Parts for this project:



  • wiring harness from cheap headphones (a pair of earbuds from your local 99 cent store are a good donor)
  • 2 LEDs – I chose white LEDs
  • a ping-pong ball – I already sliced it in half in the photo.  Using the seam as a guide, cut it in half with a very sharp x-acto knife
  • passive ganzfeld goggles prepared as described in my previous article:  Relax Your Mind: Build Your Own Ganzfeld Goggles

If you your LEDs are of the clear point-source variety, it’s a good idea to scuff them up a bit with to make them more diffuse. You don’t have to do the whole LED.  Rubbing the tip with sandpaper will suffice:


Trim the LED leads, and solder them to the headphone wires:


The polarity of the wiring depends on the requirements of your particular mind machine.  My Sirius mind machine uses common-anode wiring (also known as CP or common-power), so the anodes connect to ground, and the cathodes go to the right and left channel signal leads.  If your mind machine requires common-cathode wiring (aka CG/common-ground), then you should connect the cathodes to ground, and the anodes to the left and right signals.

After soldering the LEDs, drill a small hole in the side of each ping-pong ball half (I actually just twirled the tip of my x-acto knife, rather than using a drill bit), and then tack them to the balls with hot melt glue.  The blob of glue that holds the tip of the LED to the ball actually helps to diffuse the light a bit more.  Notice that the LED’s are pointed toward the ball instead of away from it, so that you instead of shining the LED beam into your eyes, it bounces off the ball.


Next, carefully glue the ping-pong ball halves to the front of the goggles.  Tack one side of the ball, wait for it to harden, and work your way around it a section at a time, while bending it to conform to the shape of the goggles.  Be careful of overheating when applying hot glue to the ping-pong balls.  My glue gun was a bit hot, and the heat warped them a bit. Notice the flattened parts of the balls below:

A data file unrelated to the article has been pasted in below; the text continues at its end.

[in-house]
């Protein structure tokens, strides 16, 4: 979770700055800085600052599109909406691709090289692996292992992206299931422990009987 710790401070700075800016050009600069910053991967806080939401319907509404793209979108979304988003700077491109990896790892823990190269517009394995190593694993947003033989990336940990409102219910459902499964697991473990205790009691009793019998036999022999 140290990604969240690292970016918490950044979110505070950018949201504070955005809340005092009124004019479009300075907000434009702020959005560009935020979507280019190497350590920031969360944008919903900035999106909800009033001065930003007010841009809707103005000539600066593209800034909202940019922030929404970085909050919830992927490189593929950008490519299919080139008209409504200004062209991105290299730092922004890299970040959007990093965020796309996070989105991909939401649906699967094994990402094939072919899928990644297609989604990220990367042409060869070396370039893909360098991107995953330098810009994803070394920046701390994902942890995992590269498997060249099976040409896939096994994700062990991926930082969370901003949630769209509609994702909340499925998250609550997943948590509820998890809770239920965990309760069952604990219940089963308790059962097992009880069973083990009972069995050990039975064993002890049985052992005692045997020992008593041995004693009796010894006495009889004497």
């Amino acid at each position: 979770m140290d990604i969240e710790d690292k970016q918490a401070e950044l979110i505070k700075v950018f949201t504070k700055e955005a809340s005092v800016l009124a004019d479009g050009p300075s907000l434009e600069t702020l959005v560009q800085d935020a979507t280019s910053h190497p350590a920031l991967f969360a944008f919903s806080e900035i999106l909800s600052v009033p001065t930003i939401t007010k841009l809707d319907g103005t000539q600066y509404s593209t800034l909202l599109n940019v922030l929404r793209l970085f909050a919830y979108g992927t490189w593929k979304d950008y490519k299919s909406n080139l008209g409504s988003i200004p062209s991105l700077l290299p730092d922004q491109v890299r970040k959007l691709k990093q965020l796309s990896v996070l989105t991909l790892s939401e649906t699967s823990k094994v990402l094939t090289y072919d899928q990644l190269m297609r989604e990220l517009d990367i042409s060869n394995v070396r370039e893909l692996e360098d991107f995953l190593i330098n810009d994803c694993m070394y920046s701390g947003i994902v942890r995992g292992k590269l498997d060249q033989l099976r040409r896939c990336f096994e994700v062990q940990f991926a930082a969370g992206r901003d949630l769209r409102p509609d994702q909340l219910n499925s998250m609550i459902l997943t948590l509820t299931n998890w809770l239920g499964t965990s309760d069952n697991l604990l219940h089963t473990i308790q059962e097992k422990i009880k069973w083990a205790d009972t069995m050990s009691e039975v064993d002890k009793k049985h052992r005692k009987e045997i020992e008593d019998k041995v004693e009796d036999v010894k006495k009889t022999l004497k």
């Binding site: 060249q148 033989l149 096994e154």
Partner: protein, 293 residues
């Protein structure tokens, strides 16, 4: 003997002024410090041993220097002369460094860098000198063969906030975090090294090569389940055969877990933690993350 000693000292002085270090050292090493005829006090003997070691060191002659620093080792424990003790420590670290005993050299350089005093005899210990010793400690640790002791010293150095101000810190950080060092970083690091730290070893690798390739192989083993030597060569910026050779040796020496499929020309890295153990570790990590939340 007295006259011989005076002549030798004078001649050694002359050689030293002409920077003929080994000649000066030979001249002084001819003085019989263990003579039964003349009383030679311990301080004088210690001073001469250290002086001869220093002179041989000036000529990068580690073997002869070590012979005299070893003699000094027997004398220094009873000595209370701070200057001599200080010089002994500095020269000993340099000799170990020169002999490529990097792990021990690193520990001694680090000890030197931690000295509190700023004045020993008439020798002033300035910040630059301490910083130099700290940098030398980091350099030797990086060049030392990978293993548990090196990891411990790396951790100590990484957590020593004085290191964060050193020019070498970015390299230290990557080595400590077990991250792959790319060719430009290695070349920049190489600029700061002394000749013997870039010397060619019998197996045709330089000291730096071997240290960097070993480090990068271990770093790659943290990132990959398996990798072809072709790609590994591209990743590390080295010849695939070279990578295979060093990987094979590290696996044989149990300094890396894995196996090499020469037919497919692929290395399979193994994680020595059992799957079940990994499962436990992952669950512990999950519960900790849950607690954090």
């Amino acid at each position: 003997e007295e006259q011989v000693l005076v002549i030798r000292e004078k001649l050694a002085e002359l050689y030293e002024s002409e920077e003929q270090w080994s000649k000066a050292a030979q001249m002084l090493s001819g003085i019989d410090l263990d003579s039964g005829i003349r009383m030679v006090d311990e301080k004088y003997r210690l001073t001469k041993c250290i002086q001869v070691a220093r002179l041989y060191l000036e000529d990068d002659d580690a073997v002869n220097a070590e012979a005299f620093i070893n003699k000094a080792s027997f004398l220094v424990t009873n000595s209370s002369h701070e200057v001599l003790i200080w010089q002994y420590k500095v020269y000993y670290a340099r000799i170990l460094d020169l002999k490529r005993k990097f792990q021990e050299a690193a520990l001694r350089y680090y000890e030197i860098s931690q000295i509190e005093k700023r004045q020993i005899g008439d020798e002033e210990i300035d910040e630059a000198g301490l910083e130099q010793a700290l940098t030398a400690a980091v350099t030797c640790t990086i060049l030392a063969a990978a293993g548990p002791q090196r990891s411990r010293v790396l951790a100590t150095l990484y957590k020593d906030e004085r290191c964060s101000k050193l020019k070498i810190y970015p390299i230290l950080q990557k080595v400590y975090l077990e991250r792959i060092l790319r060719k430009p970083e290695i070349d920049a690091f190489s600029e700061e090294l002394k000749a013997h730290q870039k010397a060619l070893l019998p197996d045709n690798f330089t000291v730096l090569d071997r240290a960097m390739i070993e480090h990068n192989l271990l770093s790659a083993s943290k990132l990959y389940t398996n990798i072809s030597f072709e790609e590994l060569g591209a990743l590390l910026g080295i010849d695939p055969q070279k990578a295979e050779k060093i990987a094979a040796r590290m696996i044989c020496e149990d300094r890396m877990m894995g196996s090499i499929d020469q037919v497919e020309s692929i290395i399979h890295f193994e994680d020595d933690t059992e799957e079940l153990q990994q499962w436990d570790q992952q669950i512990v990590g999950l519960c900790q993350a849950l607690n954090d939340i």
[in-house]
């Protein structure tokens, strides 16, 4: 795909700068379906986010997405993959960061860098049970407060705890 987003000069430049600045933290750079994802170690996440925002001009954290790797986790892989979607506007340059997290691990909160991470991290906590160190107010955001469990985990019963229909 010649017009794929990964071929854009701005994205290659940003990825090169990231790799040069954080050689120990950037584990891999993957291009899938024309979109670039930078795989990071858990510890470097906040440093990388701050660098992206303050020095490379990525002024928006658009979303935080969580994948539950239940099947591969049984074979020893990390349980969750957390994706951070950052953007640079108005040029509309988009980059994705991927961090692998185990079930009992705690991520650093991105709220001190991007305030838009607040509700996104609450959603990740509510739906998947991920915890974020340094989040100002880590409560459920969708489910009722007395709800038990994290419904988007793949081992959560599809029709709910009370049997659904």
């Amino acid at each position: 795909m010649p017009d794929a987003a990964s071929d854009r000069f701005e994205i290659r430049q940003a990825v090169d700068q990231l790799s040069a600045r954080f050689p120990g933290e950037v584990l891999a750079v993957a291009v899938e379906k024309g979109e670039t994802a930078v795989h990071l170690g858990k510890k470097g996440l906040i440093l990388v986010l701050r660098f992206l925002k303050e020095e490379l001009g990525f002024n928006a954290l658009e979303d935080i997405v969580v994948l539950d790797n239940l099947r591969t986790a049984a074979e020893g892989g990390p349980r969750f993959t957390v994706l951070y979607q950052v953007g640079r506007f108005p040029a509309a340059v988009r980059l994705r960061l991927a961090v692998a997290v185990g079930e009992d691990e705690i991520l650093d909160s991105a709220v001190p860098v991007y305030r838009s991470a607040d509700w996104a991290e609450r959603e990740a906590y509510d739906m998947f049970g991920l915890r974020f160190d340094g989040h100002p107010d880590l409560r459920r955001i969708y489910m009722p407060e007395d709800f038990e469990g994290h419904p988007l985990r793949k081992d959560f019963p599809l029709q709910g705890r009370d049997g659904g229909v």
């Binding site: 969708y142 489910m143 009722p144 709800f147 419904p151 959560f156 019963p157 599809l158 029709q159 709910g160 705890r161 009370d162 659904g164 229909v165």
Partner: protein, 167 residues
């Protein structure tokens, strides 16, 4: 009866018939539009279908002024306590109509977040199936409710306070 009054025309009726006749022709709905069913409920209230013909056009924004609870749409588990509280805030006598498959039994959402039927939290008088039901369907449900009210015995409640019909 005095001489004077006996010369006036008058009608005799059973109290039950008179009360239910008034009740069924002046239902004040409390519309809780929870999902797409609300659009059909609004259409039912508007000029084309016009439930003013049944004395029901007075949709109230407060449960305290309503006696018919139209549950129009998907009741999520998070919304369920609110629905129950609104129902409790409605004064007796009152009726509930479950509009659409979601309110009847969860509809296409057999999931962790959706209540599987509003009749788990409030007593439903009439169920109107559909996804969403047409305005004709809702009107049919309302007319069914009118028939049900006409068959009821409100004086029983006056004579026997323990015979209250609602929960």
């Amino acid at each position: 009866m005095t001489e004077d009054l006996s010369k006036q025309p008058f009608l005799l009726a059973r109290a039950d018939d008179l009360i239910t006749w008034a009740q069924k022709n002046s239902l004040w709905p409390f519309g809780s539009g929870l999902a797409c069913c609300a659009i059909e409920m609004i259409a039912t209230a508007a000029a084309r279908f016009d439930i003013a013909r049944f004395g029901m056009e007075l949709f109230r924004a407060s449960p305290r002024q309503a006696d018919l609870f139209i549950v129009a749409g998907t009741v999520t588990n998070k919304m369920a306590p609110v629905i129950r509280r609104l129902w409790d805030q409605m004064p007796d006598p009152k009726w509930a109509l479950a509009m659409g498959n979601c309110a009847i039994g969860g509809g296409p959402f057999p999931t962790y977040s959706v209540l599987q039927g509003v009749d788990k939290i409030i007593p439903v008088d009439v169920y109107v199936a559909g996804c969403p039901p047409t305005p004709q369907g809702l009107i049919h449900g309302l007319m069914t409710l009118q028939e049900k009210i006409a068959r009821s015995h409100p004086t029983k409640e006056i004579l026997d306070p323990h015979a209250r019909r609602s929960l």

Here are the completed goggles:


They work fabulously … much better than conventional point-source lightframes, and an added bonus is that they can be used with eyes open.


Plus, they look really cool & trippy: goggleshead

Here is a preview of my hallucination machine. It’s a standalone Arduino-based mind machine, which is my remix Michael Rule’s Hallucinogenic goggles.  The goggles are of identical design, but use RGB LEDs rather than a single color.  I will document the build in a future article.


Related Post: Relax Your Mind: Build Your Own Ganzfeld Goggles

Build a Bluetooth Low Energy (BLE) Controlled RGB LED

I have been wanting to play with my RedBearLab BLE Shield for some time, but have been too busy. This weekend, I finally was able to allocate some time to experiment with it. I decided to do something relatively easy as my first project, so as to familiarize myself with the Bluetooth API’s on both the Arduino and the host side. Wirelessly controlling an RGB LED seemed like something fun to do.  RedBearLab has some example programs for Mac OSX and iOS in their BLE SDK.  I decided to start with OSX, since the compiler and SDK are a free download from Apple.